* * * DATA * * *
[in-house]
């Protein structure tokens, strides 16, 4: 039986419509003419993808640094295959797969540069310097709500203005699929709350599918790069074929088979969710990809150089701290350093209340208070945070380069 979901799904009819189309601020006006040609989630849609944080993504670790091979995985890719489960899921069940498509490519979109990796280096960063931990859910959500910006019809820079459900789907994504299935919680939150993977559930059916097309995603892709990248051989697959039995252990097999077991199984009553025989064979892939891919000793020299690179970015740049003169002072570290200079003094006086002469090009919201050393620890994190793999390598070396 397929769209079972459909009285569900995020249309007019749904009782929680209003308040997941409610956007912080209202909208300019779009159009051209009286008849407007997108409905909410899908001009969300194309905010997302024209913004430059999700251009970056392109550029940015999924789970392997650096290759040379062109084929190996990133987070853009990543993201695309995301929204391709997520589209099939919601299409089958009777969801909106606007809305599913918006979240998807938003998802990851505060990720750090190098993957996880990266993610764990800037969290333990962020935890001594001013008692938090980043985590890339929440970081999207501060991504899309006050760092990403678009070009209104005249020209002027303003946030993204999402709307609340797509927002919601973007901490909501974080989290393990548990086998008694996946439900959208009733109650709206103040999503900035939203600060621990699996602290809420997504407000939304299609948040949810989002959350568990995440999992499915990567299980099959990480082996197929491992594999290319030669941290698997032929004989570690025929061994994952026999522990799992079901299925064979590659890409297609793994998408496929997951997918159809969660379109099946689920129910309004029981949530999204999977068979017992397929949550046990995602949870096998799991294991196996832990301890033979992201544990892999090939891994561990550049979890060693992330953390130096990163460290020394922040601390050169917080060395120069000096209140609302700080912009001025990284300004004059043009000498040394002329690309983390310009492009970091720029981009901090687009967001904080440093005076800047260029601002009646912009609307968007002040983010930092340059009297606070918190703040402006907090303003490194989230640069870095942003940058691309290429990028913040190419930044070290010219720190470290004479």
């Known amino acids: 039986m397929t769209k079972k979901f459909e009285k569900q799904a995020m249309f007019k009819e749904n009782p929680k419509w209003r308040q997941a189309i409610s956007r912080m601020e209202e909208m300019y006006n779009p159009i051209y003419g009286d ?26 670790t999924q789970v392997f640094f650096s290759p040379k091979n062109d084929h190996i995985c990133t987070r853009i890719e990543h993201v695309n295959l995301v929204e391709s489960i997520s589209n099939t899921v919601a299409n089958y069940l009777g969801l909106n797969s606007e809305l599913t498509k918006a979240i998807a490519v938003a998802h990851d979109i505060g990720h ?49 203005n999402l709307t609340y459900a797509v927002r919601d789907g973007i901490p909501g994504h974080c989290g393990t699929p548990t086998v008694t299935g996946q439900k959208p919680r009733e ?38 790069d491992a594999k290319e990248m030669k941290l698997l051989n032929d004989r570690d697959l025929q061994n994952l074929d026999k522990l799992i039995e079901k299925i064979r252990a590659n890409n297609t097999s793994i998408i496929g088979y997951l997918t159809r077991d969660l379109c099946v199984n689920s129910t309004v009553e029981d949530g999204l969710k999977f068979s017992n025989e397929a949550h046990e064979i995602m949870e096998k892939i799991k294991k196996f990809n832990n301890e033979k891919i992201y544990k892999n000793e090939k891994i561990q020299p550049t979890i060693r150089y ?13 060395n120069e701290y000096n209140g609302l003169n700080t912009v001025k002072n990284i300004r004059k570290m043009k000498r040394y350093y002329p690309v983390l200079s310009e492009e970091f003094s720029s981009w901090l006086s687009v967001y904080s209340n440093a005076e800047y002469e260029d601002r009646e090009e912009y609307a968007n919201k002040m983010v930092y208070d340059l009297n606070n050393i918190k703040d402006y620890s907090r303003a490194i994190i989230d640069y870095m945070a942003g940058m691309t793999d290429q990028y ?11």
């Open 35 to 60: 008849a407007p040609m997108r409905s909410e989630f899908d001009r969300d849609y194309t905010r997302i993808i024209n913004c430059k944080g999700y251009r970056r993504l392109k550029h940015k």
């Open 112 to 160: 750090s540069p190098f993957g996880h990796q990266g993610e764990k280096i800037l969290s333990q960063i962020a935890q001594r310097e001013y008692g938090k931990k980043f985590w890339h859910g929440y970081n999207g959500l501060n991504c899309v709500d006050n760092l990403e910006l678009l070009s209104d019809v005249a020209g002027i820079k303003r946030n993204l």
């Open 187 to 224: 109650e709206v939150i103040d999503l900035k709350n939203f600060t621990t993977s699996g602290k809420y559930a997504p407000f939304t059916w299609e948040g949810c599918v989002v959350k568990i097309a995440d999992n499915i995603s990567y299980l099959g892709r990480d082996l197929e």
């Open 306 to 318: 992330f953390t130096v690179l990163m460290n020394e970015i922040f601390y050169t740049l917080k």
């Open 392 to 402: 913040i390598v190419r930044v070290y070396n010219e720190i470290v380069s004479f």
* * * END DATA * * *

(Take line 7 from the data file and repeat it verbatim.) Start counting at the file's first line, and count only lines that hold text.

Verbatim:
């Open 306 to 318: 992330f953390t130096v690179l990163m460290n020394e970015i922040f601390y050169t740049l917080k």